The lithography process typically involves applying a photoresist layer (e.g., SiO2) over the surface of the semiconductor wafer and exposing the photoresist layer to a patterned light source. The light source is typically patterned using an exposure tool, such as a mask or reticle. The exposure tool typically contains clear and opaque features which generally define the pattern to be created in the photoresist layer. The exposed photoresist is then developed and regions of the photoresist are dissolved such that the pattern is transferred to the photoresist layer. The exposed regions of the underlying semiconductor wafer layer are then processed by, for example, etching the exposed wafer layer, depositing a material on the exposed wafer layer, or doping the exposed wafer layer. For a given die, the photolithography process may be used a number of times as layers are formed over layers to form the ultimate semiconductor device structure.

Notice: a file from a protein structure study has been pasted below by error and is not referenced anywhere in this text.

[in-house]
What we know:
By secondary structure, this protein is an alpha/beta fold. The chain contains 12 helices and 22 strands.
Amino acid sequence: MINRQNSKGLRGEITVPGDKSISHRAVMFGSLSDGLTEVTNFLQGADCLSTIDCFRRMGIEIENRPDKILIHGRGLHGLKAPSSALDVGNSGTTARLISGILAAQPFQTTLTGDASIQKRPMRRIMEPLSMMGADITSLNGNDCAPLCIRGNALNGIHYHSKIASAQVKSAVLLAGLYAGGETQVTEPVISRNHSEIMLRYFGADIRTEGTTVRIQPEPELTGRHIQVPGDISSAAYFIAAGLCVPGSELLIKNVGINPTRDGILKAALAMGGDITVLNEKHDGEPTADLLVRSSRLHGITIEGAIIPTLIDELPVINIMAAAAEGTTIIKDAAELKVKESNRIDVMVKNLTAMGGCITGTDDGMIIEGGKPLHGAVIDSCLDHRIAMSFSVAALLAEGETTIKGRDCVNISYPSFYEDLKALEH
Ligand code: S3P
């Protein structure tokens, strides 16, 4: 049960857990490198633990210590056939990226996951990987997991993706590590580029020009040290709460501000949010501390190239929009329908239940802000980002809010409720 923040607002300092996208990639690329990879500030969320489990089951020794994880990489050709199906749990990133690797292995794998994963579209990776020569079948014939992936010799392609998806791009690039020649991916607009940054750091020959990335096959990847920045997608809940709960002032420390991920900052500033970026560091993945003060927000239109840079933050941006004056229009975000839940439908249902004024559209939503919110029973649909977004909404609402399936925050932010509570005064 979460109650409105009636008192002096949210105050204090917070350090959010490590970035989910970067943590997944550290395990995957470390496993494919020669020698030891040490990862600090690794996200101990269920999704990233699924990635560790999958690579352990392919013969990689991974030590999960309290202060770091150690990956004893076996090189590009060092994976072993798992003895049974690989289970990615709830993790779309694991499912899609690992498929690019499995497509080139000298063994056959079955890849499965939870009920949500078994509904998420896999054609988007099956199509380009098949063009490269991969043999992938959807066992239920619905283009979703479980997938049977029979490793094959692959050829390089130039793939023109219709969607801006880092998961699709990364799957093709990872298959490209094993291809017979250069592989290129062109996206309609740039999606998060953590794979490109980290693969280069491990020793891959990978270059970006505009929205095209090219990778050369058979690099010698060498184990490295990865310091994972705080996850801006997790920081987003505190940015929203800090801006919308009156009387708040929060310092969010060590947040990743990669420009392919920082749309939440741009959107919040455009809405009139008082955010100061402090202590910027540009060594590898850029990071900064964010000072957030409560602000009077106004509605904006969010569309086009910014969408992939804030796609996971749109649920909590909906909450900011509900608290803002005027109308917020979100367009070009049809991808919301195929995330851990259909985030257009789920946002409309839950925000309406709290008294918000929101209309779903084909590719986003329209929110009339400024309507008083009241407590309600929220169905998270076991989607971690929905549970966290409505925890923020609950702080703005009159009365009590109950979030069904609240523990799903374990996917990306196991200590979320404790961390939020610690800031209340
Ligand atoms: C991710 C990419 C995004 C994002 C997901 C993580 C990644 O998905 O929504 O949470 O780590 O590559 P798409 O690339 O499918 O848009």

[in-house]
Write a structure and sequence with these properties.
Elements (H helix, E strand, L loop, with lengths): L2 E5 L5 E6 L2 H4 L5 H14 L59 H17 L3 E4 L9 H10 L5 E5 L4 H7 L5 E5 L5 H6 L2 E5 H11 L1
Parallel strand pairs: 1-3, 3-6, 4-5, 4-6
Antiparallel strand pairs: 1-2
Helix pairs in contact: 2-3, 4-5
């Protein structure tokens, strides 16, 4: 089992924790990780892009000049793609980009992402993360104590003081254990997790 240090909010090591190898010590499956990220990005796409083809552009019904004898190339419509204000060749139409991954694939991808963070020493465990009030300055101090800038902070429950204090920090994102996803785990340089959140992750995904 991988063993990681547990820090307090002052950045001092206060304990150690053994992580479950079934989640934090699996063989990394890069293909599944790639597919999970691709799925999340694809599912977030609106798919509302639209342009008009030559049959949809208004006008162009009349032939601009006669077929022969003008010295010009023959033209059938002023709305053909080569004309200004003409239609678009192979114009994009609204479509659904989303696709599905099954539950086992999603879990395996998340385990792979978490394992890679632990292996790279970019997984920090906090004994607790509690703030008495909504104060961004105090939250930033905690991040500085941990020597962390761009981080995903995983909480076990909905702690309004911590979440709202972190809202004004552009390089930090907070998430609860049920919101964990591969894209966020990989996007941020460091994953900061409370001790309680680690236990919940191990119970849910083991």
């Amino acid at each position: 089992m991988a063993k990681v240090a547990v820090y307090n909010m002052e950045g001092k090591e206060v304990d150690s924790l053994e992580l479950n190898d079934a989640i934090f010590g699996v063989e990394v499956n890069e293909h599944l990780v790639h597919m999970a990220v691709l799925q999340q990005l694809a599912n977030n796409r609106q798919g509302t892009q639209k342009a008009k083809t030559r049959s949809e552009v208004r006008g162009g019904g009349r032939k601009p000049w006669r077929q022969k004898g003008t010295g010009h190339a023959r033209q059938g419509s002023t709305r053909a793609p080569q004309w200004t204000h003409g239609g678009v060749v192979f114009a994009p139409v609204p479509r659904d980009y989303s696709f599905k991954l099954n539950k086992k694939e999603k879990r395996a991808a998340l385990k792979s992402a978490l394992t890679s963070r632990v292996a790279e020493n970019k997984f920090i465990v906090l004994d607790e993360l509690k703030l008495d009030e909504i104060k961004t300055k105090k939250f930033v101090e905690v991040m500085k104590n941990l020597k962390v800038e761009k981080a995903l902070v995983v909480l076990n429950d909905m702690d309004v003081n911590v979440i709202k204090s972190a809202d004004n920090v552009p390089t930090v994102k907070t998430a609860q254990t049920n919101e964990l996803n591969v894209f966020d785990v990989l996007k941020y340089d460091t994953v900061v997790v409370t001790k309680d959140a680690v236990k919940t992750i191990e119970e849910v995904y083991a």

A number of different lithographic techniques may be used to project patterns onto a wafer. One common system for exposing the semiconductor wafer is a step-and-repeat system or stepper system. A stepper system generally includes an optical system having a light source and a reticle and a stepper for stepping or indexing the semiconductor wafer under the optical system. The reticle typically includes a pattern having one or more die patterns each of which are used to form a layer of a different die on the semiconductor wafer. In use, the semiconductor wafer is exposed by the optical system and the pattern on the reticle is transferred to the semiconductor wafer. The wafer is then stepped or indexed by the stepper to an adjacent field of the substrate and the adjacent field is exposed to the reticle pattern. Care is typically taken to prevent reticle flashes from overlapping one another. After the entire wafer is exposed, the photoresist is then developed to remove portions of the photoresist and prepare the wafer for subsequent processing, such as etching deposition or doping. Thereafter, the semiconductor may be returned to the stepper (or another stepper) for exposure of the semiconductor wafer to another reticle pattern.